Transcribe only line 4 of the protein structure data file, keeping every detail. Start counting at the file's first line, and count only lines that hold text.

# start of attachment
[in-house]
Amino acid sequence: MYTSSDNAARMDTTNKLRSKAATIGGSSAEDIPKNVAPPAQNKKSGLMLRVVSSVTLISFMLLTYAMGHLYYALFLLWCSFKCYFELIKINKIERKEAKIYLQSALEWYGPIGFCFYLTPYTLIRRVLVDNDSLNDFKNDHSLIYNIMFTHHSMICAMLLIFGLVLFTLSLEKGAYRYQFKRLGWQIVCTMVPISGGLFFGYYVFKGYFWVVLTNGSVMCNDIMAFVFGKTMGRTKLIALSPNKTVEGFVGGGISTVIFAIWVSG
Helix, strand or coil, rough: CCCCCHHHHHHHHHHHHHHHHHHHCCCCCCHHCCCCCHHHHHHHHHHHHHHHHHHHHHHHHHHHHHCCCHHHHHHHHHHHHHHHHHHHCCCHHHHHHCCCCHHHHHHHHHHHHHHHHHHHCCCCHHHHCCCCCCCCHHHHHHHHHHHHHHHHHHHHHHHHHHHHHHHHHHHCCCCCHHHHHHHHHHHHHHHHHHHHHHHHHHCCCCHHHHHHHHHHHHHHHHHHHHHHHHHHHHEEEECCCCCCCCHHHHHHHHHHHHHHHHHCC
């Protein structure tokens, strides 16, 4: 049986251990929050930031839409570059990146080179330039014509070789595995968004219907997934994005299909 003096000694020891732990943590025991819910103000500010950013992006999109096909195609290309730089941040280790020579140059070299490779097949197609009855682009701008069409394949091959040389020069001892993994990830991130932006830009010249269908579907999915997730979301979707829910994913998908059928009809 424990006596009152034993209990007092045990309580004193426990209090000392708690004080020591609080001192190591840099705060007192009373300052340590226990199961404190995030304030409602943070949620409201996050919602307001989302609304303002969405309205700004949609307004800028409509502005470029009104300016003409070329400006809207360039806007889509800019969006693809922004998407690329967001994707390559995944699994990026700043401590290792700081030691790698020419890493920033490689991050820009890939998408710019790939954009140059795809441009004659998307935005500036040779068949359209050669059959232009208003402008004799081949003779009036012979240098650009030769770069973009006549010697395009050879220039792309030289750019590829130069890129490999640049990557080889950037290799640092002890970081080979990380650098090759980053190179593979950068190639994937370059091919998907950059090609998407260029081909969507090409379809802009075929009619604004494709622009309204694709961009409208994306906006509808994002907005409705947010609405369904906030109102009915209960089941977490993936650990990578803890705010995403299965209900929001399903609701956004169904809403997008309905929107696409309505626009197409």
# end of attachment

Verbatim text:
């Protein structure tokens, strides 16, 4: 049986251990929050930031839409570059990146080179330039014509070789595995968004219907997934994005299909 003096000694020891732990943590025991819910103000500010950013992006999109096909195609290309730089941040280790020579140059070299490779097949197609009855682009701008069409394949091959040389020069001892993994990830991130932006830009010249269908579907999915997730979301979707829910994913998908059928009809 424990006596009152034993209990007092045990309580004193426990209090000392708690004080020591609080001192190591840099705060007192009373300052340590226990199961404190995030304030409602943070949620409201996050919602307001989302609304303002969405309205700004949609307004800028409509502005470029009104300016003409070329400006809207360039806007889509800019969006693809922004998407690329967001994707390559995944699994990026700043401590290792700081030691790698020419890493920033490689991050820009890939998408710019790939954009140059795809441009004659998307935005500036040779068949359209050669059959232009208003402008004799081949003779009036012979240098650009030769770069973009006549010697395009050879220039792309030289750019590829130069890129490999640049990557080889950037290799640092002890970081080979990380650098090759980053190179593979950068190639994937370059091919998907950059090609998407260029081909969507090409379809802009075929009619604004494709622009309204694709961009409208994306906006509808994002907005409705947010609405369904906030109102009915209960089941977490993936650990990578803890705010995403299965209900929001399903609701956004169904809403997008309905929107696409309505626009197409």